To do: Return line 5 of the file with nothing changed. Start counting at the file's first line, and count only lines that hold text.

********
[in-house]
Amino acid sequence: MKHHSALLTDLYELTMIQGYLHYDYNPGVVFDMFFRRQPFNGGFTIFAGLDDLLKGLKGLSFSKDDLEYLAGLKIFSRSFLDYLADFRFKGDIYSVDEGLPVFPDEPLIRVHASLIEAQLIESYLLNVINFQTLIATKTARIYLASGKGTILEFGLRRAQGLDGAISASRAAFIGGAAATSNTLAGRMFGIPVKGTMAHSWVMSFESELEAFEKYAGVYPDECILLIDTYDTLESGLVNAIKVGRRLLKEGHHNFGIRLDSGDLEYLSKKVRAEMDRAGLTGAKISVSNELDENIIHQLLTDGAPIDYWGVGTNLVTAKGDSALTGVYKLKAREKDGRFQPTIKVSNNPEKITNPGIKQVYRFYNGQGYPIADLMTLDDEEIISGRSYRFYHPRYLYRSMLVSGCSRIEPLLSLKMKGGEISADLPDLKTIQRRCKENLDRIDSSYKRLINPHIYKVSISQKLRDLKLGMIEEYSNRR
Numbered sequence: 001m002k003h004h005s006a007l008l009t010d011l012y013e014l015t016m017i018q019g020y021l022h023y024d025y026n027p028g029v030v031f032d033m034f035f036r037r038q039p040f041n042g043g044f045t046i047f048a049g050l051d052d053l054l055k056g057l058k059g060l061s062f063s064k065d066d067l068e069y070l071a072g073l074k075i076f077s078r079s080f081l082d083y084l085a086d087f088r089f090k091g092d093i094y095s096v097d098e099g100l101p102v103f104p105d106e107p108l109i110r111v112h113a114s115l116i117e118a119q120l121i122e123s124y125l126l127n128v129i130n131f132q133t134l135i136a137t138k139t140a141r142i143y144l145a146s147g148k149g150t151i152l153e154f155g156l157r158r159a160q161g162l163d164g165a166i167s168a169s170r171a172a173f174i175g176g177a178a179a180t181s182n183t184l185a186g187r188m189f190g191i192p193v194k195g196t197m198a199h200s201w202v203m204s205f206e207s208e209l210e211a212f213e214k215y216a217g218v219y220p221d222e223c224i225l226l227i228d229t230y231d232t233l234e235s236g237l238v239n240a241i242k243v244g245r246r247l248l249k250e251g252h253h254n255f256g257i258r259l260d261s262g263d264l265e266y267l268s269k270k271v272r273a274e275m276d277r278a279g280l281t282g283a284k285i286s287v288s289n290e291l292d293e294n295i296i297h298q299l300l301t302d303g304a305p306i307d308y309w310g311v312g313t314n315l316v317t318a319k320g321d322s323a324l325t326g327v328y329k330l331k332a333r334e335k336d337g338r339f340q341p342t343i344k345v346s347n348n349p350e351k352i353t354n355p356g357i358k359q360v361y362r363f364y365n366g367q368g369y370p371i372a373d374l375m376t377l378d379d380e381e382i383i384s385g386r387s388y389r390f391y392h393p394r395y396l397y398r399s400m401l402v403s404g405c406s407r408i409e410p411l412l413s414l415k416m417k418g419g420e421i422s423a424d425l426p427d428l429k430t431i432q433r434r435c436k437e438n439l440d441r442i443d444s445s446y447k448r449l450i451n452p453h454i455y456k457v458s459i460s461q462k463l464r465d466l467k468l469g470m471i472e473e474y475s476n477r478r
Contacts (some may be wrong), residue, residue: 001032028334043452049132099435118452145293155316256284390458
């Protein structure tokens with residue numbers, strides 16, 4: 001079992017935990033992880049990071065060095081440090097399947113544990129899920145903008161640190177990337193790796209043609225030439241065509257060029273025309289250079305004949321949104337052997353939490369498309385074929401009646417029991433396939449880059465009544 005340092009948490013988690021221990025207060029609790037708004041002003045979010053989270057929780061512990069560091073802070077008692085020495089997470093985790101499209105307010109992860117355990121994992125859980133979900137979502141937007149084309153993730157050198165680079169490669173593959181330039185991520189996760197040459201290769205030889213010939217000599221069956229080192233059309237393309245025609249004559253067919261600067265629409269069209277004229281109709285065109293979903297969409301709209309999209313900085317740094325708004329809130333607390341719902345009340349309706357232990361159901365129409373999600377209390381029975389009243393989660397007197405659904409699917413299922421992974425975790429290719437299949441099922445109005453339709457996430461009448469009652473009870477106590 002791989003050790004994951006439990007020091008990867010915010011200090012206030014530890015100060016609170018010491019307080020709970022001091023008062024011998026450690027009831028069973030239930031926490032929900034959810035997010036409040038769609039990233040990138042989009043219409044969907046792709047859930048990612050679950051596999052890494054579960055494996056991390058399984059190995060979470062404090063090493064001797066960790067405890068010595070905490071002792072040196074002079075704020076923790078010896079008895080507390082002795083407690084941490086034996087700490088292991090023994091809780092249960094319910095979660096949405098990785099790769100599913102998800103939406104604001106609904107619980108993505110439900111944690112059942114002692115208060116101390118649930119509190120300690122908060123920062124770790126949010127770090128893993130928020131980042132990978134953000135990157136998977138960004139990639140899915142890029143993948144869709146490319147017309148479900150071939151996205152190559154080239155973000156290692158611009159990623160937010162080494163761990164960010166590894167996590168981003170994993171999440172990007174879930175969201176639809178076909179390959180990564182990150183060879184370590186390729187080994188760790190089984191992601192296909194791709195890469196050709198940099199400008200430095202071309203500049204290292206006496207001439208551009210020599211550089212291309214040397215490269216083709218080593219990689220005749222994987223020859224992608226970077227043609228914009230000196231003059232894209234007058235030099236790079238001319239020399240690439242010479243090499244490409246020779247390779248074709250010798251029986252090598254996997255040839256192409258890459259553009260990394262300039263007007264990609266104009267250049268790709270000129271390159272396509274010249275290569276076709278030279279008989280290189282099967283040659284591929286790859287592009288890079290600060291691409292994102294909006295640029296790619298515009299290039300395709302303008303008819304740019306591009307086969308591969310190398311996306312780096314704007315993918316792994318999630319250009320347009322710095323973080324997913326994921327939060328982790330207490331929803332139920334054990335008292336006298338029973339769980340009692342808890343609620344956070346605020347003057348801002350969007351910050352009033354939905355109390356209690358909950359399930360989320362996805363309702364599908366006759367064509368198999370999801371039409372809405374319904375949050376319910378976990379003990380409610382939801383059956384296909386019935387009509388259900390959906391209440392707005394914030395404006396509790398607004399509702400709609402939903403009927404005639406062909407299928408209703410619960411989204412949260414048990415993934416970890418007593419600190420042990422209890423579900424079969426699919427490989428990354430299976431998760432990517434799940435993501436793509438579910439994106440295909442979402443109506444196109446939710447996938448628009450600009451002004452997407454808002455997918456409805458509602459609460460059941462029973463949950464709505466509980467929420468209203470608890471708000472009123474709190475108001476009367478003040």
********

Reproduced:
């Protein structure tokens with residue numbers, strides 16, 4: 001079992017935990033992880049990071065060095081440090097399947113544990129899920145903008161640190177990337193790796209043609225030439241065509257060029273025309289250079305004949321949104337052997353939490369498309385074929401009646417029991433396939449880059465009544 005340092009948490013988690021221990025207060029609790037708004041002003045979010053989270057929780061512990069560091073802070077008692085020495089997470093985790101499209105307010109992860117355990121994992125859980133979900137979502141937007149084309153993730157050198165680079169490669173593959181330039185991520189996760197040459201290769205030889213010939217000599221069956229080192233059309237393309245025609249004559253067919261600067265629409269069209277004229281109709285065109293979903297969409301709209309999209313900085317740094325708004329809130333607390341719902345009340349309706357232990361159901365129409373999600377209390381029975389009243393989660397007197405659904409699917413299922421992974425975790429290719437299949441099922445109005453339709457996430461009448469009652473009870477106590 002791989003050790004994951006439990007020091008990867010915010011200090012206030014530890015100060016609170018010491019307080020709970022001091023008062024011998026450690027009831028069973030239930031926490032929900034959810035997010036409040038769609039990233040990138042989009043219409044969907046792709047859930048990612050679950051596999052890494054579960055494996056991390058399984059190995060979470062404090063090493064001797066960790067405890068010595070905490071002792072040196074002079075704020076923790078010896079008895080507390082002795083407690084941490086034996087700490088292991090023994091809780092249960094319910095979660096949405098990785099790769100599913102998800103939406104604001106609904107619980108993505110439900111944690112059942114002692115208060116101390118649930119509190120300690122908060123920062124770790126949010127770090128893993130928020131980042132990978134953000135990157136998977138960004139990639140899915142890029143993948144869709146490319147017309148479900150071939151996205152190559154080239155973000156290692158611009159990623160937010162080494163761990164960010166590894167996590168981003170994993171999440172990007174879930175969201176639809178076909179390959180990564182990150183060879184370590186390729187080994188760790190089984191992601192296909194791709195890469196050709198940099199400008200430095202071309203500049204290292206006496207001439208551009210020599211550089212291309214040397215490269216083709218080593219990689220005749222994987223020859224992608226970077227043609228914009230000196231003059232894209234007058235030099236790079238001319239020399240690439242010479243090499244490409246020779247390779248074709250010798251029986252090598254996997255040839256192409258890459259553009260990394262300039263007007264990609266104009267250049268790709270000129271390159272396509274010249275290569276076709278030279279008989280290189282099967283040659284591929286790859287592009288890079290600060291691409292994102294909006295640029296790619298515009299290039300395709302303008303008819304740019306591009307086969308591969310190398311996306312780096314704007315993918316792994318999630319250009320347009322710095323973080324997913326994921327939060328982790330207490331929803332139920334054990335008292336006298338029973339769980340009692342808890343609620344956070346605020347003057348801002350969007351910050352009033354939905355109390356209690358909950359399930360989320362996805363309702364599908366006759367064509368198999370999801371039409372809405374319904375949050376319910378976990379003990380409610382939801383059956384296909386019935387009509388259900390959906391209440392707005394914030395404006396509790398607004399509702400709609402939903403009927404005639406062909407299928408209703410619960411989204412949260414048990415993934416970890418007593419600190420042990422209890423579900424079969426699919427490989428990354430299976431998760432990517434799940435993501436793509438579910439994106440295909442979402443109506444196109446939710447996938448628009450600009451002004452997407454808002455997918456409805458509602459609460460059941462029973463949950464709505466509980467929420468209203470608890471708000472009123474709190475108001476009367478003040």